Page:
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I am wondering about the efficacy of the differnt types of extracorporeal shock wave therapy in the treatment of shoulder calcific tendonitis,

I am also interested in the incidence of any negative after effects, such as renal calculi, or other potentially serious after effects, if the calcium deposits are relocated by the blood stream?

Joan Cleveland

2 months ago

Back to General Electrotherapy

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Prof Tim Watson
Prof Tim Watson

plenty of people have joined in on this one so I'll not replicate the evidence that they have presented. I have several additional papers, but it is not changing the thrust of the responses - the evidence supports radial shockwave - and in fact, the evidence is STRONGER when there IS calcification as opposed to when there is a chronic tendinopaty around the shoulder without the calcification.

As for the issue(s) about renal calculi and other 'stories', I can not find any evidence in the research literature of this kind of untoward effect(s). The trial need to report adverse effects or events and none have identified this as a 'real' risk. Again, as has been mentioned, the RADIAL shockwave is not making the calcific deposit 'breakdown' - but it is stimulating a tissue recovery response (the focussed shockwave may well have some physical breakdown effects - but that is a different issue)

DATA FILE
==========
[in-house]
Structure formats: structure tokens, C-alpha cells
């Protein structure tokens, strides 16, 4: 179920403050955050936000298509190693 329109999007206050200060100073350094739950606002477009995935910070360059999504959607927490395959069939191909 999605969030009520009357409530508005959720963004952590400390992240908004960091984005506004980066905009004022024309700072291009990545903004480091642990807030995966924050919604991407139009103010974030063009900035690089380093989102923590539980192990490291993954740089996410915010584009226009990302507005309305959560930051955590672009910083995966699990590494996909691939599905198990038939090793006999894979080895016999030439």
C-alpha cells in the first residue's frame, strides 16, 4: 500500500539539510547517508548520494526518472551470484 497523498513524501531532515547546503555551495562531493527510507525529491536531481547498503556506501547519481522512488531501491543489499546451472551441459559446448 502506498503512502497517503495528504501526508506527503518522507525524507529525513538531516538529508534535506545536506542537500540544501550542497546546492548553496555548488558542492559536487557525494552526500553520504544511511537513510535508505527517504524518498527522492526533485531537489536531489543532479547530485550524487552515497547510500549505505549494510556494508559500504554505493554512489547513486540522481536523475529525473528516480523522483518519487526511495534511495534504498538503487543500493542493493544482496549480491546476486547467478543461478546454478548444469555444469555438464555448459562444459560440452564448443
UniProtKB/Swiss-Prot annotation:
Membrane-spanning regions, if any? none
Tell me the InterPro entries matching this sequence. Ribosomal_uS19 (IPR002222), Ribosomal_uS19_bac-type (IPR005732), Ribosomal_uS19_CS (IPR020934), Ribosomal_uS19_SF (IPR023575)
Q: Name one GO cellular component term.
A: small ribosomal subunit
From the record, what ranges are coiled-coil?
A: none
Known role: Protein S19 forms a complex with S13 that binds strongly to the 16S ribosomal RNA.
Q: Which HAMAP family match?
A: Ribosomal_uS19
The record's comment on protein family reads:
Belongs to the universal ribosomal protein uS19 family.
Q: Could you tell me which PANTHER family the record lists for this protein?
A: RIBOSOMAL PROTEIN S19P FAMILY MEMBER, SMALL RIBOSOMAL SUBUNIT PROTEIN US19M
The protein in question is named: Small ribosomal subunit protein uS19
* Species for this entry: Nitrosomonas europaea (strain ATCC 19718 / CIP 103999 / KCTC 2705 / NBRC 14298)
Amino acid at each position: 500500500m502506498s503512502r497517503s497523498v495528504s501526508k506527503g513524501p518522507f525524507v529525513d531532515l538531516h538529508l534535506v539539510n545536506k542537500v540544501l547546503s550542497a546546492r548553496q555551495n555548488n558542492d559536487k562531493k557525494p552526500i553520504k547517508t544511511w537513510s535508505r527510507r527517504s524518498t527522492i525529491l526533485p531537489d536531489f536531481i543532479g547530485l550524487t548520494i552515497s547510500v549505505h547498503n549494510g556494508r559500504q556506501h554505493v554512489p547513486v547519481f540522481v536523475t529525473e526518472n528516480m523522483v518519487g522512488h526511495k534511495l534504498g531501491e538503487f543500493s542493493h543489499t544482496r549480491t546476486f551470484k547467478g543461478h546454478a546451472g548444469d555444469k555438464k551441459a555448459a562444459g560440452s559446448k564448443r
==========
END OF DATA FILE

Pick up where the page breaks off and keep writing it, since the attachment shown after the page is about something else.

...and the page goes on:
Tim

fisioniki289
fisioniki289

RSWT destry the calcifications?

Extracorporeal shockwave treatment is effective in calcific tendonitis of the shoulder. A randomized controlled trial. Pleiner J1, et all. Seven months post-treatment, calcifications dissolved completely in 19% of the treatment group and 8% of the control group, and a > 50% reduction was observed in 19% and 8% respectively. With regard to the reduction of pain, there was a significant improvement in the treatment group compared with the control group at the 1-week follow-up (p < 0.05). However, at the 3-month and 7-month visits, no significant between-group difference in pain could be detected.

THEY "DISSOLVE" but in long-mid term, the pain...is still there, like the control group. :/

Maybe we need to start to think beyond the anatomical alteration...

fisioniki289
fisioniki289

Anyway several studies said that rSWT is the best for the calcific disease.

Evidence for effectiveness of Extracorporal Shock-Wave Therapy (ESWT) to treat calcific and non-calcific rotator cuff tendinosis--a systematic review. Huisstede BM1, et all

A systematic review of shockwave therapies in soft tissue conditions: focusing the evidence British Journal of Sport Medicine 2014 Nov;48(21)

BUT IF WE TALK ABOUT PAIN... the Guideline for diagnosis and treatment of subacromial pain syndrome - A multidisciplinary review by the Dutch Orthopaedic Association Ron Diercks,  et all, in is 12 tips, a TO DO LIST, only at point 10 talk about ESWT , FOR CALCIFIC DISEASE,but after exercise, trigger points...

fisioniki289
fisioniki289